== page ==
The largest resurgence at Montauk Spring.

Name: Montauk

Location: Dent County, Missouri

Rank: 10

Average Flow: 50 million gallons per day (78 cubic feet per second)

Recharge Area: Presumed to be the poorly drained upland plateau to the north and northwest of the spring, along the Pigeon Creek watershed, and southwest of the town of Salem. Work is ongoing on this recharge area.

Interesting Information: Montauk Springs encompasses two sets of springs: those two which are used in the trout hatchery operations, and the seven (more or less) which emerge in a gravel/sand bar area on the banks of Pigeon Creek. These springs and the creek form the headwaters of the Current River. Prior to 1892, the seven springs area was one large spring pool, innundated then with debris by a gullywasher from Crabtree Hollow. In the 1990s, an attempt was made to 'clean out' the resurgence, which resulted in the enlargement of the main spring pool and channelization of the rest of the spring branch.

Brief History: The Montauk area was been settled by people from the Montauk Point area of Long Island. Four mills have used the spring water here, starting in 1835. The last mill was built in 1896, restored in 1935 by the Civilian Conservation Corps, and continued in operable condition until 1942, when the steel rollers were requisitioned for the WWII effort. The spring area was one of the first state parks to be acquired, in 1926. Fish hatchery operations at the Park are run by the Missouri Dept. of Conservation, and trout fishing is featured. The mill has been undergoing restoration. Several of the grinders are back in operation, and plans are underway for it to be water powered again in the near future.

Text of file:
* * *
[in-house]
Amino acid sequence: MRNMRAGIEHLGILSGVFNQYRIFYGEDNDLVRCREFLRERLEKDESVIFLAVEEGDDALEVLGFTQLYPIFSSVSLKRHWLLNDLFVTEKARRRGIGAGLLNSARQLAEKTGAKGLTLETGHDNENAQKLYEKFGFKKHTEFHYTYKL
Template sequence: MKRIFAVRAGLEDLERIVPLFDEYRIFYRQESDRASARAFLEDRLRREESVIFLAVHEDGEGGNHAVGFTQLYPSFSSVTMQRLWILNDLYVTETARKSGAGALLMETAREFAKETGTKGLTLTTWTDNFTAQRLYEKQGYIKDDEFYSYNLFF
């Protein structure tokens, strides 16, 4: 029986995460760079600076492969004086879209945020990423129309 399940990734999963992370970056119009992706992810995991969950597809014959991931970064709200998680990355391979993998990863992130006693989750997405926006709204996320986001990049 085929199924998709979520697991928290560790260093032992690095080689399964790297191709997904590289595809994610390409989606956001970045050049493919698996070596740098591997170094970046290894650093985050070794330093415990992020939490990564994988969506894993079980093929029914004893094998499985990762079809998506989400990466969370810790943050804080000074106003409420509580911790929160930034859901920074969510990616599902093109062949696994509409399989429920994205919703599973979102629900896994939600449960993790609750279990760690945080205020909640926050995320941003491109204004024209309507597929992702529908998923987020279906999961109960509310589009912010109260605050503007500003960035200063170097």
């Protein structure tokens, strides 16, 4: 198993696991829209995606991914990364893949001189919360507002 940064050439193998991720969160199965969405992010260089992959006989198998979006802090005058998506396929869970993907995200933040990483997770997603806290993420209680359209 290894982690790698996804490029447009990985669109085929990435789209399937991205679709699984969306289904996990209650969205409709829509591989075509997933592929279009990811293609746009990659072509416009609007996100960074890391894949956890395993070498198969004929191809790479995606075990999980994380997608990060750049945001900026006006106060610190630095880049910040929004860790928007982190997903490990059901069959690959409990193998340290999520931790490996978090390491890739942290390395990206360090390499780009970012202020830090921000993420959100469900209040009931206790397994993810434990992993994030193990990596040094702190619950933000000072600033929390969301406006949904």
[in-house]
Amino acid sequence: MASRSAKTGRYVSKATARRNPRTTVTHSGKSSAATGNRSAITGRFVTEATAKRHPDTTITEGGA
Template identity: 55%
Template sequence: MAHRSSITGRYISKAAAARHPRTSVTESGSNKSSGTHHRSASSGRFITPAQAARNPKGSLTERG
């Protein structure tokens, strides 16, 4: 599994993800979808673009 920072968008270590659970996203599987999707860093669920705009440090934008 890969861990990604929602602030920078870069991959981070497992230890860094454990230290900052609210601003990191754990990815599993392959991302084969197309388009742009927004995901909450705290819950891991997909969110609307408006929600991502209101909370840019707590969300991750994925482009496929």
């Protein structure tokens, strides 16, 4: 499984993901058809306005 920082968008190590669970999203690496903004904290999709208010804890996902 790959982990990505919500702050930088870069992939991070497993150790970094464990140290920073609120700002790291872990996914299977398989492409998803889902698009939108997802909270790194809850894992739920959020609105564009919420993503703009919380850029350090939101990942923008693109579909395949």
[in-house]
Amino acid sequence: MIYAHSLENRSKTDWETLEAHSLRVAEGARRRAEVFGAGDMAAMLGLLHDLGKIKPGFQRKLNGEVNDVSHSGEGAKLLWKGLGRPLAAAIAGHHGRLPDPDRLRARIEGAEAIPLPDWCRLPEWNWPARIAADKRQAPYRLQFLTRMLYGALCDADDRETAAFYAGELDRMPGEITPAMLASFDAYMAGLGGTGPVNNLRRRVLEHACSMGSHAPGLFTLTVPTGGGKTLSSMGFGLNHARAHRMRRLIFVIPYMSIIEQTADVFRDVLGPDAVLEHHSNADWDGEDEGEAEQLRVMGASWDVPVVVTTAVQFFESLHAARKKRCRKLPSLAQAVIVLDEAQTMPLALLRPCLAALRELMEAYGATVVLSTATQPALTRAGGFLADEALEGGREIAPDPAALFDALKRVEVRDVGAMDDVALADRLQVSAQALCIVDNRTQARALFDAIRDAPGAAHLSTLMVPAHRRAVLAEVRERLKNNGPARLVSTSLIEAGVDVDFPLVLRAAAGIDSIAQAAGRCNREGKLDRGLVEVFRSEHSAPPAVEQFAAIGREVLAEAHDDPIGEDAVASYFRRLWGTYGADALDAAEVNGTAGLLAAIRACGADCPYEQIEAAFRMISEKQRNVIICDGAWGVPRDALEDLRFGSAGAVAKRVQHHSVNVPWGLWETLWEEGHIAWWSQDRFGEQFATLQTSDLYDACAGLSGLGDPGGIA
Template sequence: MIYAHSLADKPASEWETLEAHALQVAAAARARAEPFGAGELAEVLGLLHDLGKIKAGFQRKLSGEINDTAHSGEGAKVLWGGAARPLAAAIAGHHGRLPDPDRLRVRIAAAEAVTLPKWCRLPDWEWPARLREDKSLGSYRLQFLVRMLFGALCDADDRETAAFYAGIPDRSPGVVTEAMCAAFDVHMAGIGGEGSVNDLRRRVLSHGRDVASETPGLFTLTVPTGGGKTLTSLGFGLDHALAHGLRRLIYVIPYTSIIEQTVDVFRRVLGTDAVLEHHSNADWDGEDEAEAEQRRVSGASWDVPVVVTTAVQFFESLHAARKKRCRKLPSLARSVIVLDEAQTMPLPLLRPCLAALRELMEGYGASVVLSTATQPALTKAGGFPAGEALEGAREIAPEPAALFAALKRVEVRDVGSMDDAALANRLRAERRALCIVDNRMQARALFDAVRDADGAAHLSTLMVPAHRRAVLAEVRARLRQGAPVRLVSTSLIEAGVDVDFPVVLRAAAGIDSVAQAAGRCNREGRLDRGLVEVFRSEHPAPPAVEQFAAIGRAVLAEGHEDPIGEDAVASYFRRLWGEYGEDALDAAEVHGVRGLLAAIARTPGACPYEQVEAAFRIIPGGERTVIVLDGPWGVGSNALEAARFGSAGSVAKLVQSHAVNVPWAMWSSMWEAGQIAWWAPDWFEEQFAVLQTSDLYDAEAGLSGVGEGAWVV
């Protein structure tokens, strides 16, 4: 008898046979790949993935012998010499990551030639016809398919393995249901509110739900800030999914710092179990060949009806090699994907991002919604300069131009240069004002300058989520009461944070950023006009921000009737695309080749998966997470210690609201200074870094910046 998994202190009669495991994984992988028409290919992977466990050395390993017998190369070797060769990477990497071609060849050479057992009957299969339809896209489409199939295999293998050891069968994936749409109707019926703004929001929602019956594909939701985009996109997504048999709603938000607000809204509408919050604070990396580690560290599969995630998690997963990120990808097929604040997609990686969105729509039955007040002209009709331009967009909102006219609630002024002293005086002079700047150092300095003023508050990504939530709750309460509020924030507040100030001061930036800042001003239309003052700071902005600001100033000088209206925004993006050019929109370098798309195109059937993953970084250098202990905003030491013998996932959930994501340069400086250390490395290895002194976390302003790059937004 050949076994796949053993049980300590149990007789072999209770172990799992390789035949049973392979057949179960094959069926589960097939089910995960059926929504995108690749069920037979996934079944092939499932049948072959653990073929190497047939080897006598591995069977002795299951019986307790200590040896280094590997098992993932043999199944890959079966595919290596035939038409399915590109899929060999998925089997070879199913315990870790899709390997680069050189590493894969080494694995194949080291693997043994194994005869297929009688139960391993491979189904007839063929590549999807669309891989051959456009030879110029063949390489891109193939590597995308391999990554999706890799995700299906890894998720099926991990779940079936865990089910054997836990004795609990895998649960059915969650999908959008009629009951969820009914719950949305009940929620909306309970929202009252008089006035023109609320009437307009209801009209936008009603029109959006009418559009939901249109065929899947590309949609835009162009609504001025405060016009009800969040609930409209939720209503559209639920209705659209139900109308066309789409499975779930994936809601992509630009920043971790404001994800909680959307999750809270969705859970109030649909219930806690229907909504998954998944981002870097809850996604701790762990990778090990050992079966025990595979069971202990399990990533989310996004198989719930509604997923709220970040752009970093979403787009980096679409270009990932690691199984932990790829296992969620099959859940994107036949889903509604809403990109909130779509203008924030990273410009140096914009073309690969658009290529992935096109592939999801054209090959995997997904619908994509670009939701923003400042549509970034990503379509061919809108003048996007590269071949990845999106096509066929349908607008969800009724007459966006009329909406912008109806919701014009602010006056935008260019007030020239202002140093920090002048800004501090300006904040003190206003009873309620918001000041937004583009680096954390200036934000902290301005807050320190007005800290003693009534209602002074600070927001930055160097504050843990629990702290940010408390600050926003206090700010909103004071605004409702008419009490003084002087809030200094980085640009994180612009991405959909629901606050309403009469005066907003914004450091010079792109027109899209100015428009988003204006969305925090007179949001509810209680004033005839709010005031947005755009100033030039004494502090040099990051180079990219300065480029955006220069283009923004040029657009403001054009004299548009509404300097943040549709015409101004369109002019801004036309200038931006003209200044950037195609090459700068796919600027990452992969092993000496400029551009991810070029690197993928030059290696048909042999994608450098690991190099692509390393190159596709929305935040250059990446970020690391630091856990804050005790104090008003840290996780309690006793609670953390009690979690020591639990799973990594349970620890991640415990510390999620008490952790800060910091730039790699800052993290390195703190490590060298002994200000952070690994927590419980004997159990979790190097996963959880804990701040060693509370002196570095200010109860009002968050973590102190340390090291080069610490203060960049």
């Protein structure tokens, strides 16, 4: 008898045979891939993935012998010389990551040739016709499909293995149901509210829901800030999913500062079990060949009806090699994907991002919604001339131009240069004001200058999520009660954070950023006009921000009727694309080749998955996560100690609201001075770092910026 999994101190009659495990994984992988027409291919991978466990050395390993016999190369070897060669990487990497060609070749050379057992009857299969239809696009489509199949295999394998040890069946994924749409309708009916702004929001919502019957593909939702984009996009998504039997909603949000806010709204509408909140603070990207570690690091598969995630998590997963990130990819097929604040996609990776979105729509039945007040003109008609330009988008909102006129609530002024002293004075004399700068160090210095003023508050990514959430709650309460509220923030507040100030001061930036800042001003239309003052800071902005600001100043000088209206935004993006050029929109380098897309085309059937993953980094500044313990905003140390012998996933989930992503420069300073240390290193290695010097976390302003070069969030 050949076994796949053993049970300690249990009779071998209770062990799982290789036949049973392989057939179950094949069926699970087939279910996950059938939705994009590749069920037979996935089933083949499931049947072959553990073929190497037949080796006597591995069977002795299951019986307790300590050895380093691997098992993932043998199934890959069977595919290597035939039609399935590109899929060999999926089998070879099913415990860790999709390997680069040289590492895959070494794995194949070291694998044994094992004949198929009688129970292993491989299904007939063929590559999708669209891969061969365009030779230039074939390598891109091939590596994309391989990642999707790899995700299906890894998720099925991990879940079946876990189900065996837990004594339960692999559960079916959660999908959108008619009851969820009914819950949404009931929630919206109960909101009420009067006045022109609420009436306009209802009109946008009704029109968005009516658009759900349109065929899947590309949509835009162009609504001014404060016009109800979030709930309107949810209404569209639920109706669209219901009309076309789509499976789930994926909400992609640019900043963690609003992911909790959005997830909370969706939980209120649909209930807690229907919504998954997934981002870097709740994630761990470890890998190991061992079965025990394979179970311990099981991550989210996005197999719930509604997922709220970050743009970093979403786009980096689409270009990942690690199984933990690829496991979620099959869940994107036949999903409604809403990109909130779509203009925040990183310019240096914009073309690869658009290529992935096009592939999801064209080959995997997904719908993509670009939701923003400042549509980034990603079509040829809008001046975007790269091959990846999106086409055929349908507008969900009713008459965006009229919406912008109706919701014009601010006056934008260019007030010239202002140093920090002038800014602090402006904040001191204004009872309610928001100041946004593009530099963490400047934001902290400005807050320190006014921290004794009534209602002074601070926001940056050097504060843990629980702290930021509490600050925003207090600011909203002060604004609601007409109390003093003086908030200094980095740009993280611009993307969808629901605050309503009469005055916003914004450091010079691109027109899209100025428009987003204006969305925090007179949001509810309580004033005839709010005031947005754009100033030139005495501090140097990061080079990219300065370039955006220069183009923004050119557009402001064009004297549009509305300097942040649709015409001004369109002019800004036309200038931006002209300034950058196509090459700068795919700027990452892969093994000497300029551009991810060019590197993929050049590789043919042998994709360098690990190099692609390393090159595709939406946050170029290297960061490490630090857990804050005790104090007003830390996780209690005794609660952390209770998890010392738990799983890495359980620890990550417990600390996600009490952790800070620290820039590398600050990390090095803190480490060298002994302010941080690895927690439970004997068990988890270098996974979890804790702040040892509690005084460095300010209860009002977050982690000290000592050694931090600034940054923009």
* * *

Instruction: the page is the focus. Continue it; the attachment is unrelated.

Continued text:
Ownership and Access: A Missouri state park since 1926. Camping, fishing, and dining lodge featured. No charge for entry to view the spring.

One of the sand boils, most easily viewed in winter.

This page last updated on May 17, 2006.
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